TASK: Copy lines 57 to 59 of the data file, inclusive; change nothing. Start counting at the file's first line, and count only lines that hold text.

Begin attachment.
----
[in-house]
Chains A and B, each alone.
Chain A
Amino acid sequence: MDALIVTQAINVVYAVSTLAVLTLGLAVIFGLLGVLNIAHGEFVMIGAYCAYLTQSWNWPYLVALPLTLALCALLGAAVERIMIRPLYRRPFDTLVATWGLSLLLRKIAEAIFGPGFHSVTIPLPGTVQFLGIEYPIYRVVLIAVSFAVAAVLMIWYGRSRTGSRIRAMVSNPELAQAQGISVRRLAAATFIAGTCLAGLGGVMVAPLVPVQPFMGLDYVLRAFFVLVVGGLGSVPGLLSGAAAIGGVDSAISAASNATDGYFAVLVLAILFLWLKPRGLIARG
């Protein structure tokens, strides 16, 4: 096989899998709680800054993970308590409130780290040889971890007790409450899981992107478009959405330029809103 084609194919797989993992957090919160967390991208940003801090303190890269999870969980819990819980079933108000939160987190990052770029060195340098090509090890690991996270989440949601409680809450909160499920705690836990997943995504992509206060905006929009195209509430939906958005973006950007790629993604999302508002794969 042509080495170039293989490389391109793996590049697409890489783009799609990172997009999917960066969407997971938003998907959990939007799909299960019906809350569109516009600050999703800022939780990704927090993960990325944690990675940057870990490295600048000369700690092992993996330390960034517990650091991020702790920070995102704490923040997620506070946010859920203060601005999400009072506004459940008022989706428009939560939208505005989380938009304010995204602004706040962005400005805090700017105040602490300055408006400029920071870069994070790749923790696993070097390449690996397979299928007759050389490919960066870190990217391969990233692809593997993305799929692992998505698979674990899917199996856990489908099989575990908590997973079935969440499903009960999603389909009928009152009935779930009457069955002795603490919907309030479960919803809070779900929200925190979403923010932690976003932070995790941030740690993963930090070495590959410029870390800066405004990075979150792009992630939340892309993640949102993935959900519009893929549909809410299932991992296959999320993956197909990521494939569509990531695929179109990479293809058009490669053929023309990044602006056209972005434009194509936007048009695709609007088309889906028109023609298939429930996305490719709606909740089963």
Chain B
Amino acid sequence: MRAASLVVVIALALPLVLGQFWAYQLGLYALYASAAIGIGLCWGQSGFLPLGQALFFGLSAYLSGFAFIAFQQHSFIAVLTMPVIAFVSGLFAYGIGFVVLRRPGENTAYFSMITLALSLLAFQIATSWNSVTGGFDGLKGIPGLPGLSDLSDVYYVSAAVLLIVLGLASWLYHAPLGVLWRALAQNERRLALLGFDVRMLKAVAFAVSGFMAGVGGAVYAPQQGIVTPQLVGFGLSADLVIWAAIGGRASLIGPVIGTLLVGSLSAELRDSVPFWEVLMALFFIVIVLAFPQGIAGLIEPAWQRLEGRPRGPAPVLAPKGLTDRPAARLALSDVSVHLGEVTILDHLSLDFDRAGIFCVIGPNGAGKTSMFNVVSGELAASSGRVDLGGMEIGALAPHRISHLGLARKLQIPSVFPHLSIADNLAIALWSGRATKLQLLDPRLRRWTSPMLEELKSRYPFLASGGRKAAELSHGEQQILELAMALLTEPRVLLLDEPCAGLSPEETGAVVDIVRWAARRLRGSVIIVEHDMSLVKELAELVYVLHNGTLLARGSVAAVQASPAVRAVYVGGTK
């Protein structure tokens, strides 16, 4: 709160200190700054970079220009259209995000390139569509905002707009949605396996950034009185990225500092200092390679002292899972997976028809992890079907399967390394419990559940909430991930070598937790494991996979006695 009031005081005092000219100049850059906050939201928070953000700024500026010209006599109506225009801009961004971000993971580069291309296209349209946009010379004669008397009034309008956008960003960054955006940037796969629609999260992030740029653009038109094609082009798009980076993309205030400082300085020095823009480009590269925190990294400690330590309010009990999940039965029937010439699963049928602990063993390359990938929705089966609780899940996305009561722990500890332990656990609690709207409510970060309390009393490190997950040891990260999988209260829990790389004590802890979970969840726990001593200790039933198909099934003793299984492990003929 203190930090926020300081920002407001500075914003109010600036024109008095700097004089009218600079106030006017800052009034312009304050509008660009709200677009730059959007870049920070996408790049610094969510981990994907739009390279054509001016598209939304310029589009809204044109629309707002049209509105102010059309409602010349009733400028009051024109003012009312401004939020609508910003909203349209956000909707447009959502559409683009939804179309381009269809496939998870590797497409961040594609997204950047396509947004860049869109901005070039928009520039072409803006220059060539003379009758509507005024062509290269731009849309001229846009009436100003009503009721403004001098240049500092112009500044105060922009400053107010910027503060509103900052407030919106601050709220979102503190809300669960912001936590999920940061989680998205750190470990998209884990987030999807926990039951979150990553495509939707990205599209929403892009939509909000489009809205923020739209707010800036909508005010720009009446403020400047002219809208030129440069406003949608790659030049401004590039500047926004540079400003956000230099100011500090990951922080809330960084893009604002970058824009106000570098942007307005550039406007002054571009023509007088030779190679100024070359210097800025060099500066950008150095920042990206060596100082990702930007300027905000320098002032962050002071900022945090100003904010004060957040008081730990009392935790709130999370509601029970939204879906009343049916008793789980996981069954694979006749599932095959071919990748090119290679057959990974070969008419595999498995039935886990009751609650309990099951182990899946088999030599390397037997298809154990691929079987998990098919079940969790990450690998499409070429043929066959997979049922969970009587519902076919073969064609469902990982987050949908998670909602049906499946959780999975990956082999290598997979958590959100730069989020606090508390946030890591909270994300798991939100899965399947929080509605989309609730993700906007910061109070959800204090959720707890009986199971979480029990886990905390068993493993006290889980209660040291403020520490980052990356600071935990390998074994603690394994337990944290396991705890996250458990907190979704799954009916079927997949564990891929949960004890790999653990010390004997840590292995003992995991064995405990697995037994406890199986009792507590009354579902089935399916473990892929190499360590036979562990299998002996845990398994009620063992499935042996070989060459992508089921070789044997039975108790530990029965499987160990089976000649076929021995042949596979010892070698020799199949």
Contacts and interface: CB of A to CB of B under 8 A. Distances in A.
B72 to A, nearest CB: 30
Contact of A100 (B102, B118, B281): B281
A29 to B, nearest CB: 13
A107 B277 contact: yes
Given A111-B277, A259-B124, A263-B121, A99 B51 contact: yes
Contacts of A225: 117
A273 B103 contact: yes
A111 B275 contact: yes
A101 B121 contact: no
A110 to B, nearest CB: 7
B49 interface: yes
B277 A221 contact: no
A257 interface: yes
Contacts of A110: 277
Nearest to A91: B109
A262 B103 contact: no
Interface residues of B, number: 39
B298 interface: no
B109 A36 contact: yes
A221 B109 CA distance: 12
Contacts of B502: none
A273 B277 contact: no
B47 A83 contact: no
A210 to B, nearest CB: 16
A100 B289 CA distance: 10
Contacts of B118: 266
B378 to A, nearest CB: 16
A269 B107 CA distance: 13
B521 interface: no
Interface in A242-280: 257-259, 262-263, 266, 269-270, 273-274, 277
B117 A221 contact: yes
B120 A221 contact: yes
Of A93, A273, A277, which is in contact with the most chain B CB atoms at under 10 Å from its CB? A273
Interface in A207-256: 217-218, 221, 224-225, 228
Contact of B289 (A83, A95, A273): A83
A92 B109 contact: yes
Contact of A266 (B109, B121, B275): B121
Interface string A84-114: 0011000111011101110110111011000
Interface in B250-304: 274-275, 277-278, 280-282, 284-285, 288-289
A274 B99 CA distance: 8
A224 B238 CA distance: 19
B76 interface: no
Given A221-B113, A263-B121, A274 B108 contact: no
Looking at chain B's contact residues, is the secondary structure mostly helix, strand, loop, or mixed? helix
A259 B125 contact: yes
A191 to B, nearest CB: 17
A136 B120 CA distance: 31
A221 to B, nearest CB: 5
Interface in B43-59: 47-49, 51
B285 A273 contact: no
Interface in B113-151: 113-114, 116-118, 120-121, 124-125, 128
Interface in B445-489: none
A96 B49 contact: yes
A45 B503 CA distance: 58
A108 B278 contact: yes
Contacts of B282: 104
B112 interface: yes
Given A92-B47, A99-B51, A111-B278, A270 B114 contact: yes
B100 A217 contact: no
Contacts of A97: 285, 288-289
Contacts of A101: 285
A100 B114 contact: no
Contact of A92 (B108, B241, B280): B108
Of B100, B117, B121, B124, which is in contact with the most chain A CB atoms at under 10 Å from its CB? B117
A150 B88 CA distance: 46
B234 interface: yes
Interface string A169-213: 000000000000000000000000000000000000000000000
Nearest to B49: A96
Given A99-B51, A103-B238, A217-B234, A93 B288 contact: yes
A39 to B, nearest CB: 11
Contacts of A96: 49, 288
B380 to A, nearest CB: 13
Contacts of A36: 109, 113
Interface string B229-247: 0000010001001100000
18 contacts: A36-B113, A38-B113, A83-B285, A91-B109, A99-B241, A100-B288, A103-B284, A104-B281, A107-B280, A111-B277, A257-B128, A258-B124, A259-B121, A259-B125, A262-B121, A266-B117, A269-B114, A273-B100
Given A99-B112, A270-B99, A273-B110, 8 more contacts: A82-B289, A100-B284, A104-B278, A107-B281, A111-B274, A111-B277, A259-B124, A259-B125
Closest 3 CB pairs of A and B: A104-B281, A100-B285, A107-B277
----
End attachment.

A221 to B, nearest CB: 5
Interface in B43-59: 47-49, 51
B285 A273 contact: no